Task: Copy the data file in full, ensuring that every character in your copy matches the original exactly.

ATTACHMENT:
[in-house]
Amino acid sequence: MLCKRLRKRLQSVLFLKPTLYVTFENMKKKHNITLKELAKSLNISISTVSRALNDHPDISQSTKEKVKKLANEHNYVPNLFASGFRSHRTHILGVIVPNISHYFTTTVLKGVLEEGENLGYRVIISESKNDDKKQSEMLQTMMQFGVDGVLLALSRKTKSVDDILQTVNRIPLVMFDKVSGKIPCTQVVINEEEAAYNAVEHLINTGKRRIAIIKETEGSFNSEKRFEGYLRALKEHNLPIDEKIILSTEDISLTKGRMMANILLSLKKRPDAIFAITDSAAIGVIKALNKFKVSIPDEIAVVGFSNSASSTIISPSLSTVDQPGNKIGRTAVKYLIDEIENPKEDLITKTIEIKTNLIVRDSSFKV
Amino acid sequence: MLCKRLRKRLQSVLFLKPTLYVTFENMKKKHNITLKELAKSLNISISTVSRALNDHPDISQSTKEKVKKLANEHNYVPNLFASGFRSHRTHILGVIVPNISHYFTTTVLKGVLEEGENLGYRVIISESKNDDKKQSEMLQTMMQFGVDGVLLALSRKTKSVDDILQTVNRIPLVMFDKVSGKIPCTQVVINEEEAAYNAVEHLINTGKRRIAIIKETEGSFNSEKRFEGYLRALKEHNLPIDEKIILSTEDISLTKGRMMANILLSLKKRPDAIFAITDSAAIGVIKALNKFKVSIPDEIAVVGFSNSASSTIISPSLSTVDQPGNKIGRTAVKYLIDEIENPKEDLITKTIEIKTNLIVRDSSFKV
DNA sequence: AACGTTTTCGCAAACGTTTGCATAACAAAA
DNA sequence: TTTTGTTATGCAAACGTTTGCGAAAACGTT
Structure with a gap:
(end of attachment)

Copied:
[in-house]
Amino acid sequence: MLCKRLRKRLQSVLFLKPTLYVTFENMKKKHNITLKELAKSLNISISTVSRALNDHPDISQSTKEKVKKLANEHNYVPNLFASGFRSHRTHILGVIVPNISHYFTTTVLKGVLEEGENLGYRVIISESKNDDKKQSEMLQTMMQFGVDGVLLALSRKTKSVDDILQTVNRIPLVMFDKVSGKIPCTQVVINEEEAAYNAVEHLINTGKRRIAIIKETEGSFNSEKRFEGYLRALKEHNLPIDEKIILSTEDISLTKGRMMANILLSLKKRPDAIFAITDSAAIGVIKALNKFKVSIPDEIAVVGFSNSASSTIISPSLSTVDQPGNKIGRTAVKYLIDEIENPKEDLITKTIEIKTNLIVRDSSFKV
Amino acid sequence: MLCKRLRKRLQSVLFLKPTLYVTFENMKKKHNITLKELAKSLNISISTVSRALNDHPDISQSTKEKVKKLANEHNYVPNLFASGFRSHRTHILGVIVPNISHYFTTTVLKGVLEEGENLGYRVIISESKNDDKKQSEMLQTMMQFGVDGVLLALSRKTKSVDDILQTVNRIPLVMFDKVSGKIPCTQVVINEEEAAYNAVEHLINTGKRRIAIIKETEGSFNSEKRFEGYLRALKEHNLPIDEKIILSTEDISLTKGRMMANILLSLKKRPDAIFAITDSAAIGVIKALNKFKVSIPDEIAVVGFSNSASSTIISPSLSTVDQPGNKIGRTAVKYLIDEIENPKEDLITKTIEIKTNLIVRDSSFKV
DNA sequence: AACGTTTTCGCAAACGTTTGCATAACAAAA
DNA sequence: TTTTGTTATGCAAACGTTTGCGAAAACGTT
Structure with a gap: